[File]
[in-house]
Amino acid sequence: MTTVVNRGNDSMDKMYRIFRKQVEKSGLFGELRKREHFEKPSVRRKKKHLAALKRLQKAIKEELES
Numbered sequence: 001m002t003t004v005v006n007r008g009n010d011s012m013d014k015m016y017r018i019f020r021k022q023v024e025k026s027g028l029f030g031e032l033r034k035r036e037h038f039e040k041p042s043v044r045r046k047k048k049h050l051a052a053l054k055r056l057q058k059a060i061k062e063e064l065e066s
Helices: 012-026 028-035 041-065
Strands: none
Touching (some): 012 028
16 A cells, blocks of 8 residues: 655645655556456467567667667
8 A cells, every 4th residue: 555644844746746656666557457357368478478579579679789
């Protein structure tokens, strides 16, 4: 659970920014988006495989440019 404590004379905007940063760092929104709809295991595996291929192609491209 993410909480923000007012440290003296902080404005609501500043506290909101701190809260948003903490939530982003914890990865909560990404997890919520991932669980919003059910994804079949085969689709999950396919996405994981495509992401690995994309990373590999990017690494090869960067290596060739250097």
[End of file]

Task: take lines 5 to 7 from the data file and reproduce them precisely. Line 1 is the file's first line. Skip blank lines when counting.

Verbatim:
Strands: none
Touching (some): 012 028
16 A cells, blocks of 8 residues: 655645655556456467567667667